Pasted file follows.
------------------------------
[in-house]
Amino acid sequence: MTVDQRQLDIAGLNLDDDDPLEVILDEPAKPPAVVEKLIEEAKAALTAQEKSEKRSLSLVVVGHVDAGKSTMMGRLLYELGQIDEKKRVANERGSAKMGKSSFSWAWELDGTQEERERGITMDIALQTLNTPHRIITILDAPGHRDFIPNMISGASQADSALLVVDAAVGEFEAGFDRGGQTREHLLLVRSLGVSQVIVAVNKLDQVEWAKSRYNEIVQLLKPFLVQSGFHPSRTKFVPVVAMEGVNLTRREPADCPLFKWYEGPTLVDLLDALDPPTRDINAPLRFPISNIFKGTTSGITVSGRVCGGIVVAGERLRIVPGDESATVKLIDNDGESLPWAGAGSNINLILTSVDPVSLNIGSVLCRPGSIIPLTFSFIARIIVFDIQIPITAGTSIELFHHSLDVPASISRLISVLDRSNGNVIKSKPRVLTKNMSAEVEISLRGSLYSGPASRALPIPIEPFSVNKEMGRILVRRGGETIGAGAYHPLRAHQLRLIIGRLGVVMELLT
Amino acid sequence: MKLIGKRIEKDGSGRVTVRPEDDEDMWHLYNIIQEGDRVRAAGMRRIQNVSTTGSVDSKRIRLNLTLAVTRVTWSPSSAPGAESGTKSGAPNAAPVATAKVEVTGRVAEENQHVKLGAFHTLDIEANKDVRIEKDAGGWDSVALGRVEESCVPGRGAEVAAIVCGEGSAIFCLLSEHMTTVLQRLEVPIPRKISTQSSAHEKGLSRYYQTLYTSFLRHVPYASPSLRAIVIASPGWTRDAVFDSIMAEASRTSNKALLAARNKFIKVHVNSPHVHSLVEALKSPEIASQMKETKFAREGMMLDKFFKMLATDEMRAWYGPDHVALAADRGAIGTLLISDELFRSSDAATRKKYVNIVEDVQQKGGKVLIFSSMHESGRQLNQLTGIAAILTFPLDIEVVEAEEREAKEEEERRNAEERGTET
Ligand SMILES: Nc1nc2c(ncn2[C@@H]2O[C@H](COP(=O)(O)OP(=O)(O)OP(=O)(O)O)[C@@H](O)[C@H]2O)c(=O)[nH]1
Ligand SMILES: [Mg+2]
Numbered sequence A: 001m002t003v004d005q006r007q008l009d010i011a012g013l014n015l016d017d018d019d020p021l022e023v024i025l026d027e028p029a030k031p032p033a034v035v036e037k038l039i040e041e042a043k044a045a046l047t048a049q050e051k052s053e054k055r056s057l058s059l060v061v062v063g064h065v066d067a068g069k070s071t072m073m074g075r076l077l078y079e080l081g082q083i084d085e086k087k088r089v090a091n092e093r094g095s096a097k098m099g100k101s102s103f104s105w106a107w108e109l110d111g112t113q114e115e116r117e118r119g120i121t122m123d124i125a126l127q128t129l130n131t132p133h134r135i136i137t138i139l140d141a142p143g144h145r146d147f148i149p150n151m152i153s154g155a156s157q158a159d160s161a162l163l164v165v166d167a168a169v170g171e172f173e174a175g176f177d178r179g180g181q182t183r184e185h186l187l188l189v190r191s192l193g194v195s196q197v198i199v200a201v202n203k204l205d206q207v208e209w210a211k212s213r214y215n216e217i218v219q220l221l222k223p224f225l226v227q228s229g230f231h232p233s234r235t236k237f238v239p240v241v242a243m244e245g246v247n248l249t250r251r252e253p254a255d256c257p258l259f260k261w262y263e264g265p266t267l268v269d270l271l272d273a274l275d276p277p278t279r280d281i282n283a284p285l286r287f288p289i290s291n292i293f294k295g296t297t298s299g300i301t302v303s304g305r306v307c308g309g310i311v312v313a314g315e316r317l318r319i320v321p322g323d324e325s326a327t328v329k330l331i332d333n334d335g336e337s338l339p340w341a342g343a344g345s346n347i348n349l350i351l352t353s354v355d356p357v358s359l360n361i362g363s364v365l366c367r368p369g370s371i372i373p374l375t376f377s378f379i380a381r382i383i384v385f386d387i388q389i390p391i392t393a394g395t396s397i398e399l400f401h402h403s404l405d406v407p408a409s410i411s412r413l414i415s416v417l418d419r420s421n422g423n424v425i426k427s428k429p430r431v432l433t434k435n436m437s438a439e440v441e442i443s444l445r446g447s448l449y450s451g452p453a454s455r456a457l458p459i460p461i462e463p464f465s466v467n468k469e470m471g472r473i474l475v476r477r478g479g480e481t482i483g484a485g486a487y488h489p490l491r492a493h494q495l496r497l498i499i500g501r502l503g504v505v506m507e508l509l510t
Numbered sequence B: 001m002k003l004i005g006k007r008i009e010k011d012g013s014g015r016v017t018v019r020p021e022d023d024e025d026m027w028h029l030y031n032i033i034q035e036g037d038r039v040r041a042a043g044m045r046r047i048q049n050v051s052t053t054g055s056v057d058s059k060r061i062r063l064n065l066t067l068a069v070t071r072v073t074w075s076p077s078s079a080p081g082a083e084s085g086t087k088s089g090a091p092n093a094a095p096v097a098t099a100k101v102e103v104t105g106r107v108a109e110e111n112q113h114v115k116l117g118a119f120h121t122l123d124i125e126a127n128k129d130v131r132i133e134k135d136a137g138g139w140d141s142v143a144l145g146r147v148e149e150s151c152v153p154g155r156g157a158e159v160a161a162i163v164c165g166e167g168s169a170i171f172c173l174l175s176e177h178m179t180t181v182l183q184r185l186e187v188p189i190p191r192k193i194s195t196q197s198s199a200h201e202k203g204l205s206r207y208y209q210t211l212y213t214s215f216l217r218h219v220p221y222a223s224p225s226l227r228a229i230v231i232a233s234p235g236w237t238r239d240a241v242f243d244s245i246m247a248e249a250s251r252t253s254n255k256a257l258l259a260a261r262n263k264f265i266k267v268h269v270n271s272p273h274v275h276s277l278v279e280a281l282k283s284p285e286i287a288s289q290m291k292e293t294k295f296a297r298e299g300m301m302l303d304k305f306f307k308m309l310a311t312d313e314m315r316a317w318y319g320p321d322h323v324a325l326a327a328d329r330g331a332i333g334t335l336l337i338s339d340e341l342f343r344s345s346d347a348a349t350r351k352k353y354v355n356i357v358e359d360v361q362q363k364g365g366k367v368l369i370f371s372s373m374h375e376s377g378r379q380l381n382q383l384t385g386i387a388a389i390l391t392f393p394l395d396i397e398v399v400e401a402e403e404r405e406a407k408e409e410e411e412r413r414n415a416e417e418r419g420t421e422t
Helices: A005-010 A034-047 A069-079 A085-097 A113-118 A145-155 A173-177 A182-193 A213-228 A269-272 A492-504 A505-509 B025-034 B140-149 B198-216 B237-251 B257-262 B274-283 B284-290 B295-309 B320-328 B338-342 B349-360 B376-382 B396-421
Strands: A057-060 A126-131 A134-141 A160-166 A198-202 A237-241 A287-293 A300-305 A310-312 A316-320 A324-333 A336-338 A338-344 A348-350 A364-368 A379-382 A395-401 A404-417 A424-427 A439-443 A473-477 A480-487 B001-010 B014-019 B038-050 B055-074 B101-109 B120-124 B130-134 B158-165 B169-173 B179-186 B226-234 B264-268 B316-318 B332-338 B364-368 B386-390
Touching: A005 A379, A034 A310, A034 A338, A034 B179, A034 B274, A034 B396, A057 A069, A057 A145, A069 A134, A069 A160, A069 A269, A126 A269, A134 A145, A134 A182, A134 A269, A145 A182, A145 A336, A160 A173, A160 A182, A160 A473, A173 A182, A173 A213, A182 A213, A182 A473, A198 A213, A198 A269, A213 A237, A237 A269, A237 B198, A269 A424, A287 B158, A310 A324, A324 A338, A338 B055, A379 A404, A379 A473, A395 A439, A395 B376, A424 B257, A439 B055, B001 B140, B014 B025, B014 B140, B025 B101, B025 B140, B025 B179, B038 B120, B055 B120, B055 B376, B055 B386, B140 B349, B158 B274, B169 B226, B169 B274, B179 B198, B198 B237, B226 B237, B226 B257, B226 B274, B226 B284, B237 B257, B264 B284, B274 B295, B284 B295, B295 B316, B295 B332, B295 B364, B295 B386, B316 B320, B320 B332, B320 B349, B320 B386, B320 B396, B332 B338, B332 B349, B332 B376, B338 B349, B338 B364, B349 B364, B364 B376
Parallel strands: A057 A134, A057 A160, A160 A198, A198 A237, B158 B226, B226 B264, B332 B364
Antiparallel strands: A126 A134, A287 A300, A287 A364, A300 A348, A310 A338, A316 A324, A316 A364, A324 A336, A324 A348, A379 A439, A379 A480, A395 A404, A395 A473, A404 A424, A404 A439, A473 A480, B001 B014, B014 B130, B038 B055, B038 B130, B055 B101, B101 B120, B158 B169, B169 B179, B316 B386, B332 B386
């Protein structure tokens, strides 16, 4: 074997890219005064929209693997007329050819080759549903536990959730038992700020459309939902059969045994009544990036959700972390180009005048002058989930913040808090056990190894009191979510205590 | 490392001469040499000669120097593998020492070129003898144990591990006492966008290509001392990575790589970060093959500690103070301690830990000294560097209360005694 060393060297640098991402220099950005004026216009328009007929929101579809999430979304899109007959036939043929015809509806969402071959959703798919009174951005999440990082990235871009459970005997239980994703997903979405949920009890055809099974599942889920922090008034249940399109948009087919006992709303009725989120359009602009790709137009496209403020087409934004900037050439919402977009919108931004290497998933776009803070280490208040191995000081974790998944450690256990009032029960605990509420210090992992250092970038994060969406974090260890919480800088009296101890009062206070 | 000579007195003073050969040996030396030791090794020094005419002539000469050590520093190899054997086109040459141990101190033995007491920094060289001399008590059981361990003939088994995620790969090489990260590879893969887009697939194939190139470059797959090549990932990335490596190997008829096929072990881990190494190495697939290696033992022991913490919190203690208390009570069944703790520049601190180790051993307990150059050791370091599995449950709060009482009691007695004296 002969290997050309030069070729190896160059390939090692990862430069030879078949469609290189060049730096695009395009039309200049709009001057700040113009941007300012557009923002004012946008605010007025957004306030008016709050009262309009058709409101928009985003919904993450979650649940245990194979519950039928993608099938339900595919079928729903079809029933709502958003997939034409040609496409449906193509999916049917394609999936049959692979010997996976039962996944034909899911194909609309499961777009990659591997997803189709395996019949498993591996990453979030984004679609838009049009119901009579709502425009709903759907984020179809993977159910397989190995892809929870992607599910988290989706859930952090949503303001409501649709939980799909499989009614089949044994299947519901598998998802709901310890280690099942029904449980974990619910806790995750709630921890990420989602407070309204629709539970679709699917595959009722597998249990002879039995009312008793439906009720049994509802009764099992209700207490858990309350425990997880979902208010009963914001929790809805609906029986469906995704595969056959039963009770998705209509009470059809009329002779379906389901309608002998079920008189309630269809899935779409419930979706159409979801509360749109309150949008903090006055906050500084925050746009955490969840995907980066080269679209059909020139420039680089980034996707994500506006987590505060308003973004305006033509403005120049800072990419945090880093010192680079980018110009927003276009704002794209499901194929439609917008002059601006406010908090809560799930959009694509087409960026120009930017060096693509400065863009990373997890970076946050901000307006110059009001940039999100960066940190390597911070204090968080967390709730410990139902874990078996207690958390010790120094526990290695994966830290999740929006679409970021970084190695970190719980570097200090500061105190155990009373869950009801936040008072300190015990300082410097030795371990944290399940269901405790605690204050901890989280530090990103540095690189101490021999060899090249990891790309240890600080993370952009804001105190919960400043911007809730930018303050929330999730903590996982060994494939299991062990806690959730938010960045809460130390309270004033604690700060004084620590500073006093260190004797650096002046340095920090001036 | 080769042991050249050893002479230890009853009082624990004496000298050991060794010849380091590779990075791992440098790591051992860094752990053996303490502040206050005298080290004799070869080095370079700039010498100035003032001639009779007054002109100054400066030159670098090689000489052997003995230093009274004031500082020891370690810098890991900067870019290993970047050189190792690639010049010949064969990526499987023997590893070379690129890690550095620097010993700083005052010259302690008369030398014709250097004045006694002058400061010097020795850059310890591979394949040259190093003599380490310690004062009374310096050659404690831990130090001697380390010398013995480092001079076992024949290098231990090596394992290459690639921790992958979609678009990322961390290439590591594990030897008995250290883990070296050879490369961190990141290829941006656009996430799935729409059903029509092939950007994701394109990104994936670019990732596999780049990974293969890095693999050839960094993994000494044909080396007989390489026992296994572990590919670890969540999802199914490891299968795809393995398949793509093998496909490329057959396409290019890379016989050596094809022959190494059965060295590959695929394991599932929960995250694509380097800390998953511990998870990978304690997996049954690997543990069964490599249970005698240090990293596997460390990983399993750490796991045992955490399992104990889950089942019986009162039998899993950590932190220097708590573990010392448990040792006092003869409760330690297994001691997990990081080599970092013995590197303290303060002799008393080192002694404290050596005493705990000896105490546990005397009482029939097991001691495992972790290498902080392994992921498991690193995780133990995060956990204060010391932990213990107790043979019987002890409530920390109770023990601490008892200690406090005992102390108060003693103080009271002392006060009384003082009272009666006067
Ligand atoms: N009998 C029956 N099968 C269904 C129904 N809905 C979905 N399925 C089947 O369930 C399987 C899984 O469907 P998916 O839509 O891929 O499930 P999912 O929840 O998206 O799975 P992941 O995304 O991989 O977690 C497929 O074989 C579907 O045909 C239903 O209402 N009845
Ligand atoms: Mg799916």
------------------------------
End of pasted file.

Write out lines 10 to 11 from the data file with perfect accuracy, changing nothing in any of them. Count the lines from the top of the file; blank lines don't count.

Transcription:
Touching: A005 A379, A034 A310, A034 A338, A034 B179, A034 B274, A034 B396, A057 A069, A057 A145, A069 A134, A069 A160, A069 A269, A126 A269, A134 A145, A134 A182, A134 A269, A145 A182, A145 A336, A160 A173, A160 A182, A160 A473, A173 A182, A173 A213, A182 A213, A182 A473, A198 A213, A198 A269, A213 A237, A237 A269, A237 B198, A269 A424, A287 B158, A310 A324, A324 A338, A338 B055, A379 A404, A379 A473, A395 A439, A395 B376, A424 B257, A439 B055, B001 B140, B014 B025, B014 B140, B025 B101, B025 B140, B025 B179, B038 B120, B055 B120, B055 B376, B055 B386, B140 B349, B158 B274, B169 B226, B169 B274, B179 B198, B198 B237, B226 B237, B226 B257, B226 B274, B226 B284, B237 B257, B264 B284, B274 B295, B284 B295, B295 B316, B295 B332, B295 B364, B295 B386, B316 B320, B320 B332, B320 B349, B320 B386, B320 B396, B332 B338, B332 B349, B332 B376, B338 B349, B338 B364, B349 B364, B364 B376
Parallel strands: A057 A134, A057 A160, A160 A198, A198 A237, B158 B226, B226 B264, B332 B364